Friday, December 4, 2015

Creed: With a Legend in His Corner, a Young Man Enters the Ring

Sylvester Stallone and Michael B. Jordan in "Creed", a sequel to "Rocky"
The main character of Creed is an aspiring boxer striving to make a name for himself, and to evade the giant shadow cast by his father, a former legend of the sport. And Creed itself is on a similar mission. This movie, which was directed by Ryan Coogler from a script he co-wrote with Aaron Covington, is the sequel to Rocky, the winner of the Oscar for Best Picture in 1976 and one of the most beloved sports films of all time. (Technically, it's the sixth such sequel, but let's forget about those intervening installments for the moment.) That fact poses a monumental challenge for Creed: It must pay tribute to its predecessor while also standing as its own, fully realized creation. That it passes the first test is no great feat; as soon as Sylvester Stallone eases into the frame, shoulders sagging from the weight of playing the American icon that defined his career, the film instantly connects with its cinematic ancestor. What is more surprising—and more satisfying—is how Creed establishes itself as an enjoyable boxing movie in its own right. It doesn't break much new ground, but it doesn't need to. Like its hero, it relies on a combination of agility and determination to deliver a rousing experience that is simultaneously comforting and exhilarating.

As its title suggests, Creed is not primarily about Stallone's Rocky Balboa, the Italian-American prizefighter who captured the hearts of Philadelphia (and the rest of the country) 39 years ago. Its protagonist is instead Donnie Johnson, played by Michael B. Jordan, the former television actor from The Wire and Friday Night Lights who finally broke out two years ago in Coogler's earnest drama, Fruitvale Station. Donnie is a bright young man who works a desk job at an unspecified Los Angeles corporation, where he has just earned a promotion. Despite his relative success, his heart isn't in finance, and he moonlights as a boxer in Tijuana, where he routinely pummels opponents at seedy underground rings. That's where we first meet Donnie as an adult (the film begins with a quick prologue that illustrates his penchant for roughhousing as a child), the camera approaching him cautiously from behind, observing the muscles rippling down his back as he psychs himself up before delivering a brisk, savage beatdown of an unworthy foe. As soon as Donnie lands the knockout blow, he starts to remove his gloves before the fight is even called, a silent indicator of both his talent and his arrogance.

Of course, Donnie's ability isn't preternatural—it's in his blood. His proper name is Adonis, and he is the son of Apollo Creed, the former heavyweight champion of the world who served as Rocky's nemesis for the first two films in the franchise, became his loyal friend and trainer for the third, and ultimately succumbed to Dolph Lundgren in the fourth. (Apollo's death is most memorable for Lundgren's pitiless, meme-generating one-liner, "If he dies, he dies.") Donnie doesn't advertise his lineage, but he nevertheless feels drawn to the dangerous realm of boxing, where he desires to prove his own bona fides as distinct from his father's. And so, he quits his cushy job and leaves L.A. for Philly, where he wanders into an Italian restaurant called "Adrian's" and asks to speak with the owner, an aging, muscular fellow who used to box a time or two himself way back when.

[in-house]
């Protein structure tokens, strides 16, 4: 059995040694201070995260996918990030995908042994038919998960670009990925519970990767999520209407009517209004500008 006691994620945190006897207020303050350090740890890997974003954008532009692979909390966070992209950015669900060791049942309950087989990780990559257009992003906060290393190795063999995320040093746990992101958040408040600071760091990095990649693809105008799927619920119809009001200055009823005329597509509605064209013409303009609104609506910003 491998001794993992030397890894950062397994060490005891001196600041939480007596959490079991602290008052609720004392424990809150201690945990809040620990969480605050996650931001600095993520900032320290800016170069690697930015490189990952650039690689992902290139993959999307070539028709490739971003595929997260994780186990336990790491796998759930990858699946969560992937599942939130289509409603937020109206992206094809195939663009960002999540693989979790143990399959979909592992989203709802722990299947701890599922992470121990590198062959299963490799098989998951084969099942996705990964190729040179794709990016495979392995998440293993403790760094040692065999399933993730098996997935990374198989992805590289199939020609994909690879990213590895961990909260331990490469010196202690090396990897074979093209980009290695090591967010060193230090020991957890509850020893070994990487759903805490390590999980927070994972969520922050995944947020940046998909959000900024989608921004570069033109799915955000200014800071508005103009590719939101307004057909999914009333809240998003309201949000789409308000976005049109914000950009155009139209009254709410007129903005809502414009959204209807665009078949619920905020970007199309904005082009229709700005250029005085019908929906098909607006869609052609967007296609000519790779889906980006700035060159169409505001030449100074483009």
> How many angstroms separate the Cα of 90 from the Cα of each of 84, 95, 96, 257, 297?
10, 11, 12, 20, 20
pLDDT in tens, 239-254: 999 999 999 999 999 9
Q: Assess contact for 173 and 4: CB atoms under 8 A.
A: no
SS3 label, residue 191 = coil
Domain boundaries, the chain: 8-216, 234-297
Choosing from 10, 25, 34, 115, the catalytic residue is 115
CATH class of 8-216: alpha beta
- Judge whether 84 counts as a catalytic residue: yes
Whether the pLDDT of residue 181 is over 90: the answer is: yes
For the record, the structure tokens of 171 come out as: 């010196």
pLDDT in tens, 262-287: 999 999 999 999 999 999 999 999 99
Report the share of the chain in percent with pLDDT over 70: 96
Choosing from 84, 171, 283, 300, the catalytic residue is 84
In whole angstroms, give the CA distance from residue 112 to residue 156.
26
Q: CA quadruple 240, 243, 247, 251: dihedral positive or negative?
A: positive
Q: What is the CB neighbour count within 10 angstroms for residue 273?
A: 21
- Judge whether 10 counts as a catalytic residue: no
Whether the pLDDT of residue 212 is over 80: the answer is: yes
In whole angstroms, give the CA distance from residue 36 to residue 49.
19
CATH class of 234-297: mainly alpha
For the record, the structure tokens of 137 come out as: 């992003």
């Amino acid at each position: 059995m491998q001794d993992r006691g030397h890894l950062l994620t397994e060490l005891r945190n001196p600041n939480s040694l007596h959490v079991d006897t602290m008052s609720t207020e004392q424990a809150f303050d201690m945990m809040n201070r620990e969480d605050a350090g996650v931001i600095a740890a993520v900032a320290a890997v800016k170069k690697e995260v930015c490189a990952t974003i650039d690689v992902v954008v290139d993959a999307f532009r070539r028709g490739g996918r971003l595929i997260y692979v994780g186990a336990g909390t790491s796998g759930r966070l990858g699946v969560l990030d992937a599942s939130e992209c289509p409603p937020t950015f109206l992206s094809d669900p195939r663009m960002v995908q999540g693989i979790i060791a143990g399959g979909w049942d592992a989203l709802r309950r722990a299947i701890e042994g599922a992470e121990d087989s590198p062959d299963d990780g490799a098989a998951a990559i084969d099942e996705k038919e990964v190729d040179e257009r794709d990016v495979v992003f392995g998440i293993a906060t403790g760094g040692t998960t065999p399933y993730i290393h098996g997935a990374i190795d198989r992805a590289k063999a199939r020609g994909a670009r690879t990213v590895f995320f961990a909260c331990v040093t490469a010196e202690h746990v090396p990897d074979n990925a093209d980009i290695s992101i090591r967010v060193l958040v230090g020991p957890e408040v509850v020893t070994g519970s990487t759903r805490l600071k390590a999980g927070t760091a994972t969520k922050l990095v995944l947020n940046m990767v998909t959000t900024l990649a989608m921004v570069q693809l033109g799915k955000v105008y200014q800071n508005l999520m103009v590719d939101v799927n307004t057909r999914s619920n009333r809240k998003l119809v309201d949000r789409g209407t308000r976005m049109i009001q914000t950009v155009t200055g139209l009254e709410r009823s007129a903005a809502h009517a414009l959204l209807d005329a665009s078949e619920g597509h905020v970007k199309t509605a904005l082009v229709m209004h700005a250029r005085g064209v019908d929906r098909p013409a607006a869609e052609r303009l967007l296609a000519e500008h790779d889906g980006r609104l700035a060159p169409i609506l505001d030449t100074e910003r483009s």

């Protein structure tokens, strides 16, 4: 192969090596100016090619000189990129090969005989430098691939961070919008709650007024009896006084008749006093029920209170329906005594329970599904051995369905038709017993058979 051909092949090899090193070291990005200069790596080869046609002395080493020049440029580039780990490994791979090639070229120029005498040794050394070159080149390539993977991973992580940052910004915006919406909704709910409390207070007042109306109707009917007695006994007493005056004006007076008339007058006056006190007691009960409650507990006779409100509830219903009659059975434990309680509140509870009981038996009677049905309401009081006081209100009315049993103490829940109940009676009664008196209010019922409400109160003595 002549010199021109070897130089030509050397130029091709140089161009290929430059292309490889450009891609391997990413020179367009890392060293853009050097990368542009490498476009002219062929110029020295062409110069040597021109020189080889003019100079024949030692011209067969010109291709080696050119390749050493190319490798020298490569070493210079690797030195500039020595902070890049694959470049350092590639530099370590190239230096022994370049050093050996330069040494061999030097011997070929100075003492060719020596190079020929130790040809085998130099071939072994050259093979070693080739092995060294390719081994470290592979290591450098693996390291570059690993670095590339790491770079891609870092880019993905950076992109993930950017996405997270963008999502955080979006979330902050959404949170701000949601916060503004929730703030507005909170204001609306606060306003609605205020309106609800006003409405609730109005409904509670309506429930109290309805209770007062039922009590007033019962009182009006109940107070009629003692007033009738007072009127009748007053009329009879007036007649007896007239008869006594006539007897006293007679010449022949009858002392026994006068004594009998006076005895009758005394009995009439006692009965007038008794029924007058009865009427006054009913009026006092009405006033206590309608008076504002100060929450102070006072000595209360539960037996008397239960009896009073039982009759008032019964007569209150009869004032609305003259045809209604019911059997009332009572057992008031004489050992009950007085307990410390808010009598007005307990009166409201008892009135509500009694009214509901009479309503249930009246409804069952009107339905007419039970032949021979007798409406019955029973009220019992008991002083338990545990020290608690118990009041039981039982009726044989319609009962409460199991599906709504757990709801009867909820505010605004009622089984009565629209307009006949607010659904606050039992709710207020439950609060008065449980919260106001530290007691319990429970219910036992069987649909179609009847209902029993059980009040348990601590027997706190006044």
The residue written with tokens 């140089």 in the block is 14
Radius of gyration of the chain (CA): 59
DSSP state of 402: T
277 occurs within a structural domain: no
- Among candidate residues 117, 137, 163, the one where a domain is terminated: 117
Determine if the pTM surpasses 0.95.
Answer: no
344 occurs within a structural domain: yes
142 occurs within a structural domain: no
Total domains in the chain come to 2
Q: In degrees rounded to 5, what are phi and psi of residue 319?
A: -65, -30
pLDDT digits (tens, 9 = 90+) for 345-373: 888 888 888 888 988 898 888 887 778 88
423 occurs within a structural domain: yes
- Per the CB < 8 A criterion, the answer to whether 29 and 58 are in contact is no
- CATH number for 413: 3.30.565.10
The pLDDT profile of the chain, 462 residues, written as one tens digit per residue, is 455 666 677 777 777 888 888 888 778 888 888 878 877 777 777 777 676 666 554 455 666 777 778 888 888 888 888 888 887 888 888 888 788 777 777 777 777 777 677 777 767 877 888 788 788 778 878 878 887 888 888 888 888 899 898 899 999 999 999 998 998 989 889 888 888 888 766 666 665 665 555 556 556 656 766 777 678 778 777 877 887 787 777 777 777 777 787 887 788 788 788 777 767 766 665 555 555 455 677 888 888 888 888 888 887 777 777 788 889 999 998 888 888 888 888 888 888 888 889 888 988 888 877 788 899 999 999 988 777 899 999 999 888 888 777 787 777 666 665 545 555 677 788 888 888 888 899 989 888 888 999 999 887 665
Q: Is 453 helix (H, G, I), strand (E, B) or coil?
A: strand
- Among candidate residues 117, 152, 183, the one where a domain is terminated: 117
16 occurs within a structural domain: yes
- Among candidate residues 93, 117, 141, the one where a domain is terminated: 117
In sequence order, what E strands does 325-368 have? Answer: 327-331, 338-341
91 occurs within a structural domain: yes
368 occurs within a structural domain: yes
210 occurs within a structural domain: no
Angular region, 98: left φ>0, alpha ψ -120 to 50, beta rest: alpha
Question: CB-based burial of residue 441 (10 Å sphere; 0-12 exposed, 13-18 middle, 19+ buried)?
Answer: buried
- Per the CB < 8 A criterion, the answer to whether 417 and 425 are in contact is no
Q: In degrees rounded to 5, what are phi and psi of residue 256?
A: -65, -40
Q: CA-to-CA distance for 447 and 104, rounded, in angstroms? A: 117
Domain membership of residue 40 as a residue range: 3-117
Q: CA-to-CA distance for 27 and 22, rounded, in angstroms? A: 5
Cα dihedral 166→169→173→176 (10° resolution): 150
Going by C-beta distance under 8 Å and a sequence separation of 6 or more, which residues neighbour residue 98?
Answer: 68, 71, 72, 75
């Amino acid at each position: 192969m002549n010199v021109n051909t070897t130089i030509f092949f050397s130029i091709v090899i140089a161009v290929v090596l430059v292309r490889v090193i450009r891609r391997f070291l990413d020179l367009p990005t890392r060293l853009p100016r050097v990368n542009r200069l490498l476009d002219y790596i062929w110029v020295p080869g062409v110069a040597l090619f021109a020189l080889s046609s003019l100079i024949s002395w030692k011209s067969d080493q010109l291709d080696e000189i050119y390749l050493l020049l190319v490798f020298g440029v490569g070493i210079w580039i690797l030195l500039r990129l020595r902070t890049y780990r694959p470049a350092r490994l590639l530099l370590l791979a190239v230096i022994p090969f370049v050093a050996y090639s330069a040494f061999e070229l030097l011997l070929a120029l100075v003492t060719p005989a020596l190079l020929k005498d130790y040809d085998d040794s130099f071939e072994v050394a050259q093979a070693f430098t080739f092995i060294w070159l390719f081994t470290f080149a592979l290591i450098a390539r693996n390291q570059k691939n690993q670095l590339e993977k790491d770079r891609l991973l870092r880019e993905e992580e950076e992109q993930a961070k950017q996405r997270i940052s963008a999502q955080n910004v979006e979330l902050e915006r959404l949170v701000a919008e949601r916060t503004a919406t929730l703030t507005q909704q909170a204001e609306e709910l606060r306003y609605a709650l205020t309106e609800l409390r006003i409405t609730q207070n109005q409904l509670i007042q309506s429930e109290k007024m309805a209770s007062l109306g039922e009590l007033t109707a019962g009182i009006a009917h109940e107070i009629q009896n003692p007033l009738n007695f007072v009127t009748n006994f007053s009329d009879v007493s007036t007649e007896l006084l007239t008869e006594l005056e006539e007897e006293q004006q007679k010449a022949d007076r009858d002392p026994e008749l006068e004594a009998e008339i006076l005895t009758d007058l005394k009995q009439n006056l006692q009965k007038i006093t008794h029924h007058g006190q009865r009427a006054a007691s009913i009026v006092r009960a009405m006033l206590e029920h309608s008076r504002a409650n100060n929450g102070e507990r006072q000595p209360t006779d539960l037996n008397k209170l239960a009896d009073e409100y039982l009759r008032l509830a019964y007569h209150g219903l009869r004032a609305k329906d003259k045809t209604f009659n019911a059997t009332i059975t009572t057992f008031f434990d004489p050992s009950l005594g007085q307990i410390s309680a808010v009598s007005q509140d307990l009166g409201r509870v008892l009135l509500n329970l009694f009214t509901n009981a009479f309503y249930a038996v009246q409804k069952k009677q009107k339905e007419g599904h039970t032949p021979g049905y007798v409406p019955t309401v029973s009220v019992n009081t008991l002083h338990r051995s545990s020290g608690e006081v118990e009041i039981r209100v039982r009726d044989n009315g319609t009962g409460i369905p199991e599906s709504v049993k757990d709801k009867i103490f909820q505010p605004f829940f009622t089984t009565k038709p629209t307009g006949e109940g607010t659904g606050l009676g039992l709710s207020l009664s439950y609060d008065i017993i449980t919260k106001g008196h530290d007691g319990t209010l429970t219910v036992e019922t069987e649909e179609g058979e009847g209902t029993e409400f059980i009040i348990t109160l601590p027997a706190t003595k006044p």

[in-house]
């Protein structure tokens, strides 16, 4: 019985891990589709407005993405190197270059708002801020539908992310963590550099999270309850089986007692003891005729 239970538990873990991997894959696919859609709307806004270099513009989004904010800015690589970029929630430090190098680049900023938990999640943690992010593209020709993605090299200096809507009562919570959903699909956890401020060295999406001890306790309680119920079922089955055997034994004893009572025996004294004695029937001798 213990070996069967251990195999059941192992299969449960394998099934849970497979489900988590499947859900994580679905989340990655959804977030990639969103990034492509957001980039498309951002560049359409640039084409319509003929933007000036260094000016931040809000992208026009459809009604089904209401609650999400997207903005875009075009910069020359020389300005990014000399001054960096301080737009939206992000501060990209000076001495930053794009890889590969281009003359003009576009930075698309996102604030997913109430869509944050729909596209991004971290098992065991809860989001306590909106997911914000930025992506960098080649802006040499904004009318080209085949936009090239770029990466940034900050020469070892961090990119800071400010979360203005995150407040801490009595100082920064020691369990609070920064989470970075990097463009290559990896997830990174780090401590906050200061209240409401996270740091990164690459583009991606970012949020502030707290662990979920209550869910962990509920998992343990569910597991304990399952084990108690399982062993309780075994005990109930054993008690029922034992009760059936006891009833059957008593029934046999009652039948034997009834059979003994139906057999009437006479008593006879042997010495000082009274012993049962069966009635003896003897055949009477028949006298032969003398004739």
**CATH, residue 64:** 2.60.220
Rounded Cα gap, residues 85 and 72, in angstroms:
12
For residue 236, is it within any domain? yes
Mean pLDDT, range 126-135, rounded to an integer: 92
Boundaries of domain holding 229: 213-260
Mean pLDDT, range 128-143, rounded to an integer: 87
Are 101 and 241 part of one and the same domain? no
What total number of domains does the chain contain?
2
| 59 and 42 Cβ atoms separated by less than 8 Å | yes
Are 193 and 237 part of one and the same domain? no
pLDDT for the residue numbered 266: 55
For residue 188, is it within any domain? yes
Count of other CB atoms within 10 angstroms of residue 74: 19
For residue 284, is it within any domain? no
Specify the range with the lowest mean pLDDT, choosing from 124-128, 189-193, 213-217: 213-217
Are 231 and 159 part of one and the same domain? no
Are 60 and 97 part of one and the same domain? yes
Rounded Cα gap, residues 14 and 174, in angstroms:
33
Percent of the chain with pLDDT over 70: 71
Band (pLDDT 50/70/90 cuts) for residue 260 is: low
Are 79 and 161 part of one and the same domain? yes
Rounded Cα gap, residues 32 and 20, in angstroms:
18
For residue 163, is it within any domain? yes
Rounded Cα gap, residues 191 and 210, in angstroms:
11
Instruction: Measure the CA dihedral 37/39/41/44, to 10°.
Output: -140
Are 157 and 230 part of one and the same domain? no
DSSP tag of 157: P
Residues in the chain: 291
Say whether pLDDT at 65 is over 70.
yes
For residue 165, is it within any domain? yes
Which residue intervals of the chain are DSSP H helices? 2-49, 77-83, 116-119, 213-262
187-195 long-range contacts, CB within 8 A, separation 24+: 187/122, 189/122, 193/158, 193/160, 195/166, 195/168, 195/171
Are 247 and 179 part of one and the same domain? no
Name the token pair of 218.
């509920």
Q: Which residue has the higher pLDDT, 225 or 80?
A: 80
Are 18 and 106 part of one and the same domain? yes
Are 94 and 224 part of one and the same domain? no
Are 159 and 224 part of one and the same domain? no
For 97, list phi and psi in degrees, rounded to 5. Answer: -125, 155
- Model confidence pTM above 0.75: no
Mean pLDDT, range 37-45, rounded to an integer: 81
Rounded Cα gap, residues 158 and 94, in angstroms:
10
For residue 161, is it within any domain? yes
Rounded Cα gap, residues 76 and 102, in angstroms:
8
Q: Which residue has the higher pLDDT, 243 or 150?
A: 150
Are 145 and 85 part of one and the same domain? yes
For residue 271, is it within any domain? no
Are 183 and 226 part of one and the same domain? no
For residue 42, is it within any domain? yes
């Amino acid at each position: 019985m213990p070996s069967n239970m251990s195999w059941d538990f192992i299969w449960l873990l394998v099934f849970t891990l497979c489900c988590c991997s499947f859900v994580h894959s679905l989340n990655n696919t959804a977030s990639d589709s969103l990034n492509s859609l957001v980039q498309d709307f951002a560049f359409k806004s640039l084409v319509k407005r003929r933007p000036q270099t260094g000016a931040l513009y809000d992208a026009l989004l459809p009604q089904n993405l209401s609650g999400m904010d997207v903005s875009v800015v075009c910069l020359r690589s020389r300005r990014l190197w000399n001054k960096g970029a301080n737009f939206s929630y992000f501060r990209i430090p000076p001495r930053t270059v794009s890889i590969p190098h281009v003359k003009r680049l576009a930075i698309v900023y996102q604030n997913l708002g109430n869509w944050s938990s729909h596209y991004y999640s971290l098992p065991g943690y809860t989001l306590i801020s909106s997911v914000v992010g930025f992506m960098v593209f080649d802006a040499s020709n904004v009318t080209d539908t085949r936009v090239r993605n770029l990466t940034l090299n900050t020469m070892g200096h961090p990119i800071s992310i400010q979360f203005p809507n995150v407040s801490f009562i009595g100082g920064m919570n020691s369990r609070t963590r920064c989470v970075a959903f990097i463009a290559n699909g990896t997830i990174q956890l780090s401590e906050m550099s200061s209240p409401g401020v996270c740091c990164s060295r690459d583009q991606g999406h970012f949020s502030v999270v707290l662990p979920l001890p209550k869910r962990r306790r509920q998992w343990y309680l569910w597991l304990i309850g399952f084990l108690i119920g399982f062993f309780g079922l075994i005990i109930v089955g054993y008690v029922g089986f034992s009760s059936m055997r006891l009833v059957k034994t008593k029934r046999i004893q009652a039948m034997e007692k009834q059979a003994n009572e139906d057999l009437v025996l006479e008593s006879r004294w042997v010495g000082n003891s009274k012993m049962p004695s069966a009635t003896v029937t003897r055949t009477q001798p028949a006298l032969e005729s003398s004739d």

What transpires is both predictable and pleasurable. Donnie coaxes Rocky out of retirement and into serving as his trainer, a development that raises the eyebrows of those in the close-knit boxing community who wonder why the Italian Stallion is ending his self-imposed exile to help an anonymous youth. Donnie and Rocky line up a bout against another cocky young fighter, Leo "The Lion" Sporino (Gabe Rosado), which draws the attention of British boxer "Pretty" Ricky Conlan (real-life pugilist Tony Bellew) and his opportunistic trainer (Outlander's Graham McTavish). The Brits see Donnie as little more than a cash cow, and they're eager to exploit his father's legacy to fatten the purse for a fight whose outcome is all but predestined. But Donnie has his own ideas about his destiny.

Boxing is not a sport for the timid
If this story sounds familiar—the underdog eager to prove himself against all odds, the old veteran wooed back into the ring for one last bout—that's the point. Virtually all boxing movies hew to a certain formula, and while Creed dodges convention here and there, it is more notable for the inspiring manner in which it adheres to the standard script. In particular—and if you'll pardon the inevitable metaphor—the movie delivers a ferocious one-two combination at its rough midpoint. Just before Donnie's first fight, the referee walks into the locker room and delivers some interestingly detailed information about the federation's rules. He's talking fast, but the camera is focused on Donnie, who is only half-listening, instead clearly contemplating the gravity of the moment that has finally arrived. Coogler's tight focus builds tension that you could cut with a sharp jab, which is exactly what happens; just before he's due to enter the arena, Donnie leaps up and insists that Rocky cut his gloves off: "I'm freaking out, I gotta take a shit!" It's a funny, wholly surprising moment that adds a welcome bit of levity and spontaneity to the proceedings.